In the recent case of Northern Ireland Housing Executive v Healthy Buildings (Ireland) Ltd  NIQB 43 Northern Ireland’s High Court of Justice ruled on the correct approach to the assessment of compensation events under NEC3 Professional Services Contracts. The Court held that the assessment of the effect of a compensation event was to be calculated by reference to the actual costs incurred. This is perhaps one of the first cases where the Courts have been asked to consider compensation events provisions in NEC3. Although, not strictly binding in Hong Kong, the decision provides useful guidance as to how the Courts/Arbitrators here may approach the assessment of compensation events under NEC3in particular, for retrospective assessments.
In December 2012, the Plaintiff, Northern Ireland Housing Executive (the Employer), a landlord of publicly owned housing in Northern Ireland, awarded two Asbestos Surveying Services Contracts to the Defendant, Healthy Buildings (Ireland) Ltd (the Consultant). Both contracts were in the form of NEC3 Professional Services Contract (June 2005) as amended.
Under clause 60.1(1) of the contract, an instruction issued by the Employer which changes the scope of the works will amount to a compensation event. Clause 61.1 of the contract states that where a compensation event arises, the Employer should instruct the Consultant to submit a quotation for the cost of the change of the scope of works.
At a meeting on 10 January 2013, the Employer communicated an instruction to the Consultant to change the scope of the works. However, the Employer failed to notify the instruction as a compensation event under the terms of the contract, as it should have done. In accordance with clause 61.1 of the contract, the Employer should have instructed the Consultant to submit a quotation on 10 January 2013 in relation to the assessment of the effects of that compensation event on the contracts.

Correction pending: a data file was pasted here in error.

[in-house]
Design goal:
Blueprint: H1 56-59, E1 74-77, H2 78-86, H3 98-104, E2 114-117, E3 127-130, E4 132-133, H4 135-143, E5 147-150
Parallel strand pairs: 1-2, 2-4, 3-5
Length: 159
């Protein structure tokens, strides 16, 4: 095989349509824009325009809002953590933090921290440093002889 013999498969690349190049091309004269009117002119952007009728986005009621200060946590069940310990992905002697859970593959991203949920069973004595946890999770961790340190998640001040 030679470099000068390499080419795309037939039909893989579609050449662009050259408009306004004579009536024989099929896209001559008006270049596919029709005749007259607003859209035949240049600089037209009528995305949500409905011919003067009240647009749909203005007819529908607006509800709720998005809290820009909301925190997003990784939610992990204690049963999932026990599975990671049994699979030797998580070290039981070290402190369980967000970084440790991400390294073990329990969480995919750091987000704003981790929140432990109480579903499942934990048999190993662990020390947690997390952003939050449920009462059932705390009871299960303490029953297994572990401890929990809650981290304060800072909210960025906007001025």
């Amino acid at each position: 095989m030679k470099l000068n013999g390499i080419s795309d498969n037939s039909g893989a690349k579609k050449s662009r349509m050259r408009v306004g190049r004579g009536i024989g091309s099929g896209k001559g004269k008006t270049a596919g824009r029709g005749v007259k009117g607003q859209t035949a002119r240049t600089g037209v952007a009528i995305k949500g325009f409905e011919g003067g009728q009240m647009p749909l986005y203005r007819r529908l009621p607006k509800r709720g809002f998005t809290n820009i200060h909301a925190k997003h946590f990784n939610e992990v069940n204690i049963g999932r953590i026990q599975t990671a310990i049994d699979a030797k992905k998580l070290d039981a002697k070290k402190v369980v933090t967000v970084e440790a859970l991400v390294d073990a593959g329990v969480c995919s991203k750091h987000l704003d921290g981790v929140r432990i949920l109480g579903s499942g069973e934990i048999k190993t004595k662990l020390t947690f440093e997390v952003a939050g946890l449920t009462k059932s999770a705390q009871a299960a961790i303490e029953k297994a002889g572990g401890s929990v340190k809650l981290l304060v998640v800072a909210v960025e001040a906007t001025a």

Four months later, the Consultant notified the instruction as a compensation event to the Employer. The Employer then sought and the Consultant provided quotations. In accordance with Clause 63 of the contracts, the quotations were to assess the effects of the compensation event in each contract. At the time of the Employer’s requests, the instructions had already been carried out by the Consultant.
Clause 62.3 of the contract entitles an employer to reject a consultant’s quotations and Clause 64.1 permits the employer to make its own assessment. In November 2013, the Employer rejected the Consultant’s quotations and assessed the effect of the compensation event as being zero under both contracts.
Previous adjudications and proceedings
The dispute regarding the effect of the compensation event was referred to adjudication.
The Employer applied for discovery of the Consultant’s records of its costs relating to the period after the change of instruction on 10 January 2013. This was resisted by the Consultant on the ground of relevance. At the hearing of the discovery summons, the parties agreed that two preliminary issues should be determined in advance of the substantive trial of the action, namely: